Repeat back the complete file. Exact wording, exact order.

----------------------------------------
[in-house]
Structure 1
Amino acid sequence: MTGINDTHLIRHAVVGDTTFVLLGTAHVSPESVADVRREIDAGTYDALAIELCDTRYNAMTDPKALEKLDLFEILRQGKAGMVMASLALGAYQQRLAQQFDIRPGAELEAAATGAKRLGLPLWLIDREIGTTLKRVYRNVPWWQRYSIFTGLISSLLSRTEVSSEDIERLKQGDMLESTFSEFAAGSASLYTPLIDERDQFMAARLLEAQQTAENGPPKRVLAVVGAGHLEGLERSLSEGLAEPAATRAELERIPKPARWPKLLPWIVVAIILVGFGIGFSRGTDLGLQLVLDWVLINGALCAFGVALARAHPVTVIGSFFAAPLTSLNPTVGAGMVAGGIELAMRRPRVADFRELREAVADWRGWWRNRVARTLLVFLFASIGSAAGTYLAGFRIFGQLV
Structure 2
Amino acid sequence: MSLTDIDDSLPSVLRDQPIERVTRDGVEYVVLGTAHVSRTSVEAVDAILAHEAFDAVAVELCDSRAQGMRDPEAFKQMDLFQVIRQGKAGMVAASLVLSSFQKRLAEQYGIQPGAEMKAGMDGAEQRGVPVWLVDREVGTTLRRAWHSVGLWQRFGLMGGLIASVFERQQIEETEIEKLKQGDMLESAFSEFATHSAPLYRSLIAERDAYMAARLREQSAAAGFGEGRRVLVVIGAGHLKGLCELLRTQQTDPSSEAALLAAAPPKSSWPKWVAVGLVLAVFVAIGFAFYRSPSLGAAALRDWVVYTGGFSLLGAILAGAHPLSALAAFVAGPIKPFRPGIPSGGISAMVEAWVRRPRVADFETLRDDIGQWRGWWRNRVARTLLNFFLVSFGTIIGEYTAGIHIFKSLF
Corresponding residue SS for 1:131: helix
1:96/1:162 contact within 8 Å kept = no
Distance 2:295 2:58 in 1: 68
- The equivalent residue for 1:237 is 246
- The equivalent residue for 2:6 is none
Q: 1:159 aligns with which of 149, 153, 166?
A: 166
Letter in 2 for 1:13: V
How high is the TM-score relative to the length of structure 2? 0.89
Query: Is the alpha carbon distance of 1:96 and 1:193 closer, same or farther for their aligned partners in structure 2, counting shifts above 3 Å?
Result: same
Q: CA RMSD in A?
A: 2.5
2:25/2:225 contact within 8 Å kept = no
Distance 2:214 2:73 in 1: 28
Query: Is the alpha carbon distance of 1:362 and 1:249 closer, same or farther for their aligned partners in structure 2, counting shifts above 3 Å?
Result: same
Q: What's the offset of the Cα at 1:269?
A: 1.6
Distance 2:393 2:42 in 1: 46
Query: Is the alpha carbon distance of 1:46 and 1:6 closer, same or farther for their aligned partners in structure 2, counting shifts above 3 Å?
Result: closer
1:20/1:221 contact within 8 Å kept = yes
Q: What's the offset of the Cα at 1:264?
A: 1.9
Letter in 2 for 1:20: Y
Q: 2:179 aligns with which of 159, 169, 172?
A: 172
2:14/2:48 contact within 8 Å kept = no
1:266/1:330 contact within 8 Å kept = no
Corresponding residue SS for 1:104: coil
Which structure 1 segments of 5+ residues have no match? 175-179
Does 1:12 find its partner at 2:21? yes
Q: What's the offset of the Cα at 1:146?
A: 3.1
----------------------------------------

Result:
[in-house]
Structure 1
Amino acid sequence: MTGINDTHLIRHAVVGDTTFVLLGTAHVSPESVADVRREIDAGTYDALAIELCDTRYNAMTDPKALEKLDLFEILRQGKAGMVMASLALGAYQQRLAQQFDIRPGAELEAAATGAKRLGLPLWLIDREIGTTLKRVYRNVPWWQRYSIFTGLISSLLSRTEVSSEDIERLKQGDMLESTFSEFAAGSASLYTPLIDERDQFMAARLLEAQQTAENGPPKRVLAVVGAGHLEGLERSLSEGLAEPAATRAELERIPKPARWPKLLPWIVVAIILVGFGIGFSRGTDLGLQLVLDWVLINGALCAFGVALARAHPVTVIGSFFAAPLTSLNPTVGAGMVAGGIELAMRRPRVADFRELREAVADWRGWWRNRVARTLLVFLFASIGSAAGTYLAGFRIFGQLV
Structure 2
Amino acid sequence: MSLTDIDDSLPSVLRDQPIERVTRDGVEYVVLGTAHVSRTSVEAVDAILAHEAFDAVAVELCDSRAQGMRDPEAFKQMDLFQVIRQGKAGMVAASLVLSSFQKRLAEQYGIQPGAEMKAGMDGAEQRGVPVWLVDREVGTTLRRAWHSVGLWQRFGLMGGLIASVFERQQIEETEIEKLKQGDMLESAFSEFATHSAPLYRSLIAERDAYMAARLREQSAAAGFGEGRRVLVVIGAGHLKGLCELLRTQQTDPSSEAALLAAAPPKSSWPKWVAVGLVLAVFVAIGFAFYRSPSLGAAALRDWVVYTGGFSLLGAILAGAHPLSALAAFVAGPIKPFRPGIPSGGISAMVEAWVRRPRVADFETLRDDIGQWRGWWRNRVARTLLNFFLVSFGTIIGEYTAGIHIFKSLF
Corresponding residue SS for 1:131: helix
1:96/1:162 contact within 8 Å kept = no
Distance 2:295 2:58 in 1: 68
- The equivalent residue for 1:237 is 246
- The equivalent residue for 2:6 is none
Q: 1:159 aligns with which of 149, 153, 166?
A: 166
Letter in 2 for 1:13: V
How high is the TM-score relative to the length of structure 2? 0.89
Query: Is the alpha carbon distance of 1:96 and 1:193 closer, same or farther for their aligned partners in structure 2, counting shifts above 3 Å?
Result: same
Q: CA RMSD in A?
A: 2.5
2:25/2:225 contact within 8 Å kept = no
Distance 2:214 2:73 in 1: 28
Query: Is the alpha carbon distance of 1:362 and 1:249 closer, same or farther for their aligned partners in structure 2, counting shifts above 3 Å?
Result: same
Q: What's the offset of the Cα at 1:269?
A: 1.6
Distance 2:393 2:42 in 1: 46
Query: Is the alpha carbon distance of 1:46 and 1:6 closer, same or farther for their aligned partners in structure 2, counting shifts above 3 Å?
Result: closer
1:20/1:221 contact within 8 Å kept = yes
Q: What's the offset of the Cα at 1:264?
A: 1.9
Letter in 2 for 1:20: Y
Q: 2:179 aligns with which of 159, 169, 172?
A: 172
2:14/2:48 contact within 8 Å kept = no
1:266/1:330 contact within 8 Å kept = no
Corresponding residue SS for 1:104: coil
Which structure 1 segments of 5+ residues have no match? 175-179
Does 1:12 find its partner at 2:21? yes
Q: What's the offset of the Cα at 1:146?
A: 3.1